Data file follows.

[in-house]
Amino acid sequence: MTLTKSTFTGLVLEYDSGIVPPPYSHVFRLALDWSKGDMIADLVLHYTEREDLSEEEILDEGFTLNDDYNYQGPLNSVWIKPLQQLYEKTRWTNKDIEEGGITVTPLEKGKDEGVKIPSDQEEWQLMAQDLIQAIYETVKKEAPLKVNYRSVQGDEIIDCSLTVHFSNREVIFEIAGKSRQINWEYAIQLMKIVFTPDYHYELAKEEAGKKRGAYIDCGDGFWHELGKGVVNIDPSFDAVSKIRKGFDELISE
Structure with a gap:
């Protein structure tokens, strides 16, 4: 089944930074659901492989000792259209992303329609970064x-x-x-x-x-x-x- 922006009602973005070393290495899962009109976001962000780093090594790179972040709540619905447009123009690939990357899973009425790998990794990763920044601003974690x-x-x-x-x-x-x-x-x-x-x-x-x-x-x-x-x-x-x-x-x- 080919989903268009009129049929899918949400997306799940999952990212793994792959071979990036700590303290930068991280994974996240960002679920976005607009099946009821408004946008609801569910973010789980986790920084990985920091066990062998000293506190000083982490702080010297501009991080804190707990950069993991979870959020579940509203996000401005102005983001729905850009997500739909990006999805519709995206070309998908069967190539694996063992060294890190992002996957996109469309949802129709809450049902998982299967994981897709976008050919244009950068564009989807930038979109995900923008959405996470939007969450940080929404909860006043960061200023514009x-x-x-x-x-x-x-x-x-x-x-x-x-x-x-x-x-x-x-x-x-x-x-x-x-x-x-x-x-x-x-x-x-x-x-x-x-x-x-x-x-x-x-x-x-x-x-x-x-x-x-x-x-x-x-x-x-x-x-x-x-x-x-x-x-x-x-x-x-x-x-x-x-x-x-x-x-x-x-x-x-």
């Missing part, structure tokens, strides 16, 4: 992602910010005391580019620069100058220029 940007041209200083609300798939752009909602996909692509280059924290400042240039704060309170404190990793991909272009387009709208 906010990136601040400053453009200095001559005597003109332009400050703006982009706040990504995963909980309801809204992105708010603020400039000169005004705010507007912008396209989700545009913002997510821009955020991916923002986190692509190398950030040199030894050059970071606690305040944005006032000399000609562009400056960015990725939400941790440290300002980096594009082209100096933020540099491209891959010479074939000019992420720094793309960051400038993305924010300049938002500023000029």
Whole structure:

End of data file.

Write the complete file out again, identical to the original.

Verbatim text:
[in-house]
Amino acid sequence: MTLTKSTFTGLVLEYDSGIVPPPYSHVFRLALDWSKGDMIADLVLHYTEREDLSEEEILDEGFTLNDDYNYQGPLNSVWIKPLQQLYEKTRWTNKDIEEGGITVTPLEKGKDEGVKIPSDQEEWQLMAQDLIQAIYETVKKEAPLKVNYRSVQGDEIIDCSLTVHFSNREVIFEIAGKSRQINWEYAIQLMKIVFTPDYHYELAKEEAGKKRGAYIDCGDGFWHELGKGVVNIDPSFDAVSKIRKGFDELISE
Structure with a gap:
């Protein structure tokens, strides 16, 4: 089944930074659901492989000792259209992303329609970064x-x-x-x-x-x-x- 922006009602973005070393290495899962009109976001962000780093090594790179972040709540619905447009123009690939990357899973009425790998990794990763920044601003974690x-x-x-x-x-x-x-x-x-x-x-x-x-x-x-x-x-x-x-x-x- 080919989903268009009129049929899918949400997306799940999952990212793994792959071979990036700590303290930068991280994974996240960002679920976005607009099946009821408004946008609801569910973010789980986790920084990985920091066990062998000293506190000083982490702080010297501009991080804190707990950069993991979870959020579940509203996000401005102005983001729905850009997500739909990006999805519709995206070309998908069967190539694996063992060294890190992002996957996109469309949802129709809450049902998982299967994981897709976008050919244009950068564009989807930038979109995900923008959405996470939007969450940080929404909860006043960061200023514009x-x-x-x-x-x-x-x-x-x-x-x-x-x-x-x-x-x-x-x-x-x-x-x-x-x-x-x-x-x-x-x-x-x-x-x-x-x-x-x-x-x-x-x-x-x-x-x-x-x-x-x-x-x-x-x-x-x-x-x-x-x-x-x-x-x-x-x-x-x-x-x-x-x-x-x-x-x-x-x-x-």
């Missing part, structure tokens, strides 16, 4: 992602910010005391580019620069100058220029 940007041209200083609300798939752009909602996909692509280059924290400042240039704060309170404190990793991909272009387009709208 906010990136601040400053453009200095001559005597003109332009400050703006982009706040990504995963909980309801809204992105708010603020400039000169005004705010507007912008396209989700545009913002997510821009955020991916923002986190692509190398950030040199030894050059970071606690305040944005006032000399000609562009400056960015990725939400941790440290300002980096594009082209100096933020540099491209891959010479074939000019992420720094793309960051400038993305924010300049938002500023000029």
Whole structure: